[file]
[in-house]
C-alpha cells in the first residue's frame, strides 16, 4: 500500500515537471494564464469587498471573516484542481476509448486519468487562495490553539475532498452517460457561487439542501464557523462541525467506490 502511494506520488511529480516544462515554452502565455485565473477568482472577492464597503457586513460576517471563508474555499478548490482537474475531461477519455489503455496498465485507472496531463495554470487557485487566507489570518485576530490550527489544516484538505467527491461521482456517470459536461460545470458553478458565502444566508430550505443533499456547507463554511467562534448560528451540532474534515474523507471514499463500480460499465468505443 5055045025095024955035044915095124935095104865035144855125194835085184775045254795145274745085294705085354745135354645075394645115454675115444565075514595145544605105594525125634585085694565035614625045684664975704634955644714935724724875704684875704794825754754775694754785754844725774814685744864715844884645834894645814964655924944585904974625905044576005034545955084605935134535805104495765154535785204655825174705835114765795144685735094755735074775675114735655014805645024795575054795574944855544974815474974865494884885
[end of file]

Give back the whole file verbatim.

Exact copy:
[in-house]
C-alpha cells in the first residue's frame, strides 16, 4: 500500500515537471494564464469587498471573516484542481476509448486519468487562495490553539475532498452517460457561487439542501464557523462541525467506490 502511494506520488511529480516544462515554452502565455485565473477568482472577492464597503457586513460576517471563508474555499478548490482537474475531461477519455489503455496498465485507472496531463495554470487557485487566507489570518485576530490550527489544516484538505467527491461521482456517470459536461460545470458553478458565502444566508430550505443533499456547507463554511467562534448560528451540532474534515474523507471514499463500480460499465468505443 5055045025095024955035044915095124935095104865035144855125194835085184775045254795145274745085294705085354745135354645075394645115454675115444565075514595145544605105594525125634585085694565035614625045684664975704634955644714935724724875704684875704794825754754775694754785754844725774814685744864715844884645834894645814964655924944585904974625905044576005034545955084605935134535805104495765154535785204655825174705835114765795144685735094755735074775675114735655014805645024795575054795574944855544974815474974865494884885